Lyme vaccine bus heads to the high school

School officials also tackle regional agreement for MSBA funding.

The school committee has agreed to let Pfizer use the high school parking lot to do its Lyme vaccine trials. — Rich Saltzberg

The Martha’s Vineyard Regional High School committee agreed at Monday’s meeting to house a Lyme vaccine clinic bus at the football field parking lot for three weeks, beginning on August 4. 

Pfizer, the pharmaceutical giant that developed lifesaving COVID-19 vaccines, is working toward a vaccine against Borrelia burgdorferi, the tick-borne bacterium that causes Lyme disease. Pfizer is developing the vaccine with French pharmaceutical company Valneva. Phase 3 trials of the drug will take place on the Vineyard to determine the extent of protection the vaccine provides. Care Access, the Boston-based company that conducts the fieldwork for Pfizer, will house its clinic at the high school for approximately three weeks, and will pay the school $120 per day of operation. The company has offered to station porta-potties near the mobile clinic, and the bus that houses the operation is entirely electrically self-sufficient, so the school will not need to provide access inside the actual school building. Care Access has agreed to provide a certificate of insurance, and will carry all liability during the course of the study. 

The clinic will run on a daily basis, including weekends, in order to provide the highest level of access to participants in the study, and those receiving the vaccine. Superintendent Richie Smith noted that there are several events happening at the Performing Arts Center, such as the African American Film Festival, running on the weekends that could cause traffic and interfere with the study.

In other business, the school committee is slowly working toward voting on a finalized regional agreement document necessary to be considered by the Massachusetts School Building Authority (MSBA) for entry into its grant program. That agreement will need to be put forth to select boards and then to townspeople at town meetings. But there are several elements within the regional agreement that will need to be solidified before requesting that it be approved by the Department of Elementary and Secondary Education (DESE) and sent off to the MSBA. 

According to committee chair Robert Lionette, the formation of a revolving fund for students coming into the school from outside the Martha’s Vineyard school district still needs to be decided on. 

For accounting purposes, DESE doesn’t want the school to place funds from out-of-district students into the main operating budget. Committee member Mike Watts explained that if there is a student that wants to attend the high school from Falmouth and they receive funds from the town of Falmouth, there is no line item in the budget to legitimately hold that money. 

“That’s why we need a revolving fund to actually receive and handle those funds,” Watts said. “Let’s do what is going to get DESE to agree to this as fast as possible, which would be establishing the fund.”

Business administrator Mark Friedman said the high school would need to approve policy on how those revolving funds are spent — whether they are used to offset the budget toward the end of the year, or for some other purpose. 

A motion from Watts to establish the fund and include language in the regional agreement for enrolled students who are not from the district was approved unanimously.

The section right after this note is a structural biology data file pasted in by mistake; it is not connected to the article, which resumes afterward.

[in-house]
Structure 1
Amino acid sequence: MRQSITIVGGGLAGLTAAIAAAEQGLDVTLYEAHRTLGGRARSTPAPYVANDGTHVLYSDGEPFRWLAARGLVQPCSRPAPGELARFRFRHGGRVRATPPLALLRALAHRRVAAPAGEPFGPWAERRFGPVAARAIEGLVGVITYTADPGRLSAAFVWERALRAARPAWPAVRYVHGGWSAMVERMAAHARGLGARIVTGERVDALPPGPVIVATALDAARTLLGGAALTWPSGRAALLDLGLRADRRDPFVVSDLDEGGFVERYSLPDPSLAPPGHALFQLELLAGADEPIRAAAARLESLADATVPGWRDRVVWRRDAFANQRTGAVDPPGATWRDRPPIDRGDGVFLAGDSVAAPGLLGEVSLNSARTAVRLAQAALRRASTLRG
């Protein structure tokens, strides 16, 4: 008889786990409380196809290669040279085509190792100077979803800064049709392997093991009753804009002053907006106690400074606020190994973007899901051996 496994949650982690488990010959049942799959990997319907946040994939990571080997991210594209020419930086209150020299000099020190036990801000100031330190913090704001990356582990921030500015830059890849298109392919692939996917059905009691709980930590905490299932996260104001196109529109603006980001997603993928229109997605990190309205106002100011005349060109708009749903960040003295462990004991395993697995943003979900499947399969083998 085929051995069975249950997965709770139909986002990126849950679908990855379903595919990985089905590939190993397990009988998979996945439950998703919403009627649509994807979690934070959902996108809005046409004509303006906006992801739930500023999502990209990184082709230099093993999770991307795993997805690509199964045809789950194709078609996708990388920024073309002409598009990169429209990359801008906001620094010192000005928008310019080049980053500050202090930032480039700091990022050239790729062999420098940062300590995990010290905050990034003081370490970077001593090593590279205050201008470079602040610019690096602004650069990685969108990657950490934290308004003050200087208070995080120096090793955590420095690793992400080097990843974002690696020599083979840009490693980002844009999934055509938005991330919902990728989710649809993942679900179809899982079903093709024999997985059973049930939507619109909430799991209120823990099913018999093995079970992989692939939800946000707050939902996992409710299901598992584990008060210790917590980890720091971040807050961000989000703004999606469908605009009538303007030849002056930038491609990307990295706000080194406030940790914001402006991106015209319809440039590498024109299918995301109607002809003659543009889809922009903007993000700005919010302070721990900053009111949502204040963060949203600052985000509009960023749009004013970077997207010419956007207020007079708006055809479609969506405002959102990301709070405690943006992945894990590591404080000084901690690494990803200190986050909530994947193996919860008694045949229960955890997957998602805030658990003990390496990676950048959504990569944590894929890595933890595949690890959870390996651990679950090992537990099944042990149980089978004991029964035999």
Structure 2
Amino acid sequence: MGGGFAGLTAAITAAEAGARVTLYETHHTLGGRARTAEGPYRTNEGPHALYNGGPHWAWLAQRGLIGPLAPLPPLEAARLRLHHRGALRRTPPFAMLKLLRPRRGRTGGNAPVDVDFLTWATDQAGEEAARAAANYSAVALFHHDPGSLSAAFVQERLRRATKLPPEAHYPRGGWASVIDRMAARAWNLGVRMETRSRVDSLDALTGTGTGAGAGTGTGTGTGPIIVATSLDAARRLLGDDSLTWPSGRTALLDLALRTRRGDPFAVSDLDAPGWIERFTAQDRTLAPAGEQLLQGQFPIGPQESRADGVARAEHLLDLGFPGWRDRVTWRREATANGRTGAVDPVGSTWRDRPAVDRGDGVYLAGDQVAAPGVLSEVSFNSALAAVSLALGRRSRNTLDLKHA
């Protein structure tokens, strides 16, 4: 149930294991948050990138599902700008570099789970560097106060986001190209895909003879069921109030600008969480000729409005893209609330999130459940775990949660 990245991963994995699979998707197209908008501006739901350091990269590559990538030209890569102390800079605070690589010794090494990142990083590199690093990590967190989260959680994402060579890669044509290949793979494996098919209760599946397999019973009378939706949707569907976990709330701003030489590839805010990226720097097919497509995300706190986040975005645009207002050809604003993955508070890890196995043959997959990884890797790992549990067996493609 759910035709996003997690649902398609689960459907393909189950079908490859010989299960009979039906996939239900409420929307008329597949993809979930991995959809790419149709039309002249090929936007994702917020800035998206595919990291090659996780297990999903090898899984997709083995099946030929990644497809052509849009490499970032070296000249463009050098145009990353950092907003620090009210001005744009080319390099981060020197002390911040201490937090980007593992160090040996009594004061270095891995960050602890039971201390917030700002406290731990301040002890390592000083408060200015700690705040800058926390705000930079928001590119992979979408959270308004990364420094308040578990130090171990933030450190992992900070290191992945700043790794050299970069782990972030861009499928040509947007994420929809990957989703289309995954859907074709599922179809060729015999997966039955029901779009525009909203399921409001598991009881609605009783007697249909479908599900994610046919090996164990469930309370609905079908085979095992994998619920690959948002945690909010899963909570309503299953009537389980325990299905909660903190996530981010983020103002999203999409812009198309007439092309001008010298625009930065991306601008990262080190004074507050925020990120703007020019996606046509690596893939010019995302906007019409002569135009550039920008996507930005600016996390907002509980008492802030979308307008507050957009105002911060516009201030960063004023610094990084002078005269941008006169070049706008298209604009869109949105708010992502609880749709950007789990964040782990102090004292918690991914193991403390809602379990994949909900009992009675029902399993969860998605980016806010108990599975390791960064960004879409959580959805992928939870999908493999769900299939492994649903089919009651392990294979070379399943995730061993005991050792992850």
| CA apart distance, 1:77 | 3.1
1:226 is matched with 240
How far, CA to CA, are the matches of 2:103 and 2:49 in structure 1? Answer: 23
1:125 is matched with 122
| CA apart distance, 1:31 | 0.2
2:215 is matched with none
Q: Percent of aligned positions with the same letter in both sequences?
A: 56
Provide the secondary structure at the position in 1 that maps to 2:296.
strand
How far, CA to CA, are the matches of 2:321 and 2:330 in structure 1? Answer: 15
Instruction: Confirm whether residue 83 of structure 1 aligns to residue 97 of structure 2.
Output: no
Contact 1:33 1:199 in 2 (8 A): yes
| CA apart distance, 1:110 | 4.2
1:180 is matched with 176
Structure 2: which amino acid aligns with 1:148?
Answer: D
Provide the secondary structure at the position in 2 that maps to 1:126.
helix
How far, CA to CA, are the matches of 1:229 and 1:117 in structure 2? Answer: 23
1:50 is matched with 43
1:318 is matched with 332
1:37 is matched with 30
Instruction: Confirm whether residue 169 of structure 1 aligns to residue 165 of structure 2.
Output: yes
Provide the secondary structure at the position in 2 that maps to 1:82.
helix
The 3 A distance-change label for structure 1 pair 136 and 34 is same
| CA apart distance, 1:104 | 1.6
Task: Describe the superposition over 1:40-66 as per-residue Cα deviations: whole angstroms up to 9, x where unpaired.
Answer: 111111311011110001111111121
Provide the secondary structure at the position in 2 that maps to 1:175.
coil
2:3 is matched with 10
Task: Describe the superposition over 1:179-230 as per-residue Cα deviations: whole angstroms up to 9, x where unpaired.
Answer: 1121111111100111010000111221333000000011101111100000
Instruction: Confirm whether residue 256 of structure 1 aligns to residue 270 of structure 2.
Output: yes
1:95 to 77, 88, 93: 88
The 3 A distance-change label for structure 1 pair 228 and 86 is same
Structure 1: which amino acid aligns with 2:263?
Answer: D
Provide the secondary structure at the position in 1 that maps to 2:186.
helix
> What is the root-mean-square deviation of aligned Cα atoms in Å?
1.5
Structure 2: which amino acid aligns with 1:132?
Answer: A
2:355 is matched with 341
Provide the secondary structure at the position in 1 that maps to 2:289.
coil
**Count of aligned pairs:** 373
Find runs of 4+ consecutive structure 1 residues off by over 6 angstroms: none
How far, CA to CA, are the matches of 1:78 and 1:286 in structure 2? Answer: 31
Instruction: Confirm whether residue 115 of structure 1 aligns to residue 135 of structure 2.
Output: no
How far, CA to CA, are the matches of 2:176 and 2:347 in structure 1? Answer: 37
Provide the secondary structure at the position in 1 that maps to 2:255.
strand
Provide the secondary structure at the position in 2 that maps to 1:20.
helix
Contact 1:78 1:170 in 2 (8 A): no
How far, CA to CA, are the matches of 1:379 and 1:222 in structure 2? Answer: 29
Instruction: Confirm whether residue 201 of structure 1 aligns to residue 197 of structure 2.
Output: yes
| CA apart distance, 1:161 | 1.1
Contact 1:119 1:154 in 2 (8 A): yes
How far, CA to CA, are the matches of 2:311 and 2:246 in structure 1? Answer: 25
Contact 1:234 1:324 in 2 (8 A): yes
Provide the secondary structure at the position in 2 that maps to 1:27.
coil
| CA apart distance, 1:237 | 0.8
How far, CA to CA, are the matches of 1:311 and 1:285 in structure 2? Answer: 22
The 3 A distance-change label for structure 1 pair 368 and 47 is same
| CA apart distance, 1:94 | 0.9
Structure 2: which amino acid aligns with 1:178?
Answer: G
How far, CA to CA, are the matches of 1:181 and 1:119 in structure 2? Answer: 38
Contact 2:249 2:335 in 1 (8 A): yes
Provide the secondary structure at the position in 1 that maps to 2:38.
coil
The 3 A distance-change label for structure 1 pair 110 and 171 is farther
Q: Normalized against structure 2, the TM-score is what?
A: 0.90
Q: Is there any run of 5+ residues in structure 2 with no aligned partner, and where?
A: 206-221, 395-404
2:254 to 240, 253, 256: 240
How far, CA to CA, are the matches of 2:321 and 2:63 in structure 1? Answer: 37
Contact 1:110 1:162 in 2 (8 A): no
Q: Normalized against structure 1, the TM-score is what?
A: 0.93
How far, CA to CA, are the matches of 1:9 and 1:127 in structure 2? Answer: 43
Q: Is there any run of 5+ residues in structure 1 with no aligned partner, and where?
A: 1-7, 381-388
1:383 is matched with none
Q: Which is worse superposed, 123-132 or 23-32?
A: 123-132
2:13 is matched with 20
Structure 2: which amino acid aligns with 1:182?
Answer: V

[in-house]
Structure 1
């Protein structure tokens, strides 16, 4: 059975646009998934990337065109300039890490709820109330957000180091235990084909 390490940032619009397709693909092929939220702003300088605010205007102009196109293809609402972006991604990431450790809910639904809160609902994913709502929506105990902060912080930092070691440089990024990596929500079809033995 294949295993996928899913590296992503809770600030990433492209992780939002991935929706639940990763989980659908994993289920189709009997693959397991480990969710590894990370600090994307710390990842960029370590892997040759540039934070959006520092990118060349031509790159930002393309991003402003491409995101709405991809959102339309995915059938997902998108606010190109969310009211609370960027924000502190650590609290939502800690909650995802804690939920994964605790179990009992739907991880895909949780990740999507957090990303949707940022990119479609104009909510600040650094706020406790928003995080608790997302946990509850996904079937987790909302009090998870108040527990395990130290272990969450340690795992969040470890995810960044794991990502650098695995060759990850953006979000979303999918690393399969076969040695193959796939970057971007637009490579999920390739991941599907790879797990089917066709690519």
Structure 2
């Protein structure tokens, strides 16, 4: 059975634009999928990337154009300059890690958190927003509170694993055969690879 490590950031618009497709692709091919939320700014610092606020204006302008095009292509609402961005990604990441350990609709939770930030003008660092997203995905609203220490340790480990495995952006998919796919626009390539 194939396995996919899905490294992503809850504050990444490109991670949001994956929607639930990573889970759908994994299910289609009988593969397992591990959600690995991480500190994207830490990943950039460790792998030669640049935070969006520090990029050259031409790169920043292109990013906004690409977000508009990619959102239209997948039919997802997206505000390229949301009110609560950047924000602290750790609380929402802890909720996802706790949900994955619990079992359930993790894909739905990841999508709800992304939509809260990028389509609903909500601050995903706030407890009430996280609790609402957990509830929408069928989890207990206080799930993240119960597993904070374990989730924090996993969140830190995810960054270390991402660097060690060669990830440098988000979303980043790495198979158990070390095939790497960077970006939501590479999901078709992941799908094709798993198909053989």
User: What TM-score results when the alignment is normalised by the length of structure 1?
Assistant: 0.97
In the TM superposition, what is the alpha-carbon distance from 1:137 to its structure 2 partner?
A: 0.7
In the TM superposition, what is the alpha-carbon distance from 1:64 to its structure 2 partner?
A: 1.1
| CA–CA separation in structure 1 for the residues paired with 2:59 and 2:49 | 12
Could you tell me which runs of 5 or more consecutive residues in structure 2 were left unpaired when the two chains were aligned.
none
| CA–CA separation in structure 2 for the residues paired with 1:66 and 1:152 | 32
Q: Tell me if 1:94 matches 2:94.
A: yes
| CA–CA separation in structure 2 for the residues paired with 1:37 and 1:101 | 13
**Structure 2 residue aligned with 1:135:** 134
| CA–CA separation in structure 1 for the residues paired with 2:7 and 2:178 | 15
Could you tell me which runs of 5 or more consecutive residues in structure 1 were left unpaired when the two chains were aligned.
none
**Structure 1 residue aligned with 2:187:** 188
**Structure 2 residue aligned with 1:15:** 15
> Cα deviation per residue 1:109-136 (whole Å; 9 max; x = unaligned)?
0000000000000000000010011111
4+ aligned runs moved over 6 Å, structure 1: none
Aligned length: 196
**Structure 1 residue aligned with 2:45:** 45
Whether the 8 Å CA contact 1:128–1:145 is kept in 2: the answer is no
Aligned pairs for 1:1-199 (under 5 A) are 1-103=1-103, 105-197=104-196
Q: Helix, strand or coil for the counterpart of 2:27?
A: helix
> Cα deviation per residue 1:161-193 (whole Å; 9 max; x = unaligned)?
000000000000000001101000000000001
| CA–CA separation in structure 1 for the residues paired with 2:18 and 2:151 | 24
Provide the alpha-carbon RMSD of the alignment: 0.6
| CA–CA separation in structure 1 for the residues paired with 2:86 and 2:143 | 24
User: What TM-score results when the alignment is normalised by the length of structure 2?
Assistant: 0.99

An additional element yet to be voted on in the regional agreement is whether or not to do a three- or a five-year rolling average for enrollment. Certain towns that see significant variations in enrollment have voiced concern that they will bear the brunt of the cost for a school building project if their pupil numbers are unusually high for a particular year. 

Friedman said both rolling averages over three and five years equal out to be about the same overall, it’s just a matter of “how quickly an assessment goes up when enrollment goes up, and how quickly an assessment goes down when enrollment goes down.” He noted that a three-year rolling average would be easier for him and other school financial planners to manage, versus a five-year. 

Lionette said that the regional agreement does not include language for the building project associated with the MSBA — that will be included in an addendum that will be sent to DESE afterward. “I wanted to make sure that’s OK. That DESE is all right with getting this document and reviewing it, with the understanding that it’s not complete,” Lionette said.

Smith said it’s fine to send an incomplete document to get the process going, but he said a better approach may be to have school attorney Nancy Campany attend the next high school meeting. At that time, she could insert the addendum into the main document, including the school working group’s agreement on a onetime capital project funding formula. “Then we can come here with a complete document, and even possibly put a remote meeting together with DESE that would look at the timeline of approval for the regional agreement,” Smith said. 

According to Smith, if the school can indicate to the MSBA by Sept. 1 that there is an approved DESE document, and that select boards are asking townspeople to hold special town meetings in the fall to approve the regional agreement, “I think those are the indicators that will help the MSBA move us forward.”


  1. This article is about a public health matter and should be available for ALL and not require subscription to view.

    • Why? The Times is not a government run newspaper, nor is it a non-profit. It is essentially a privately owned business trying to make money. And one of the ways they make money is by selling subscriptions.

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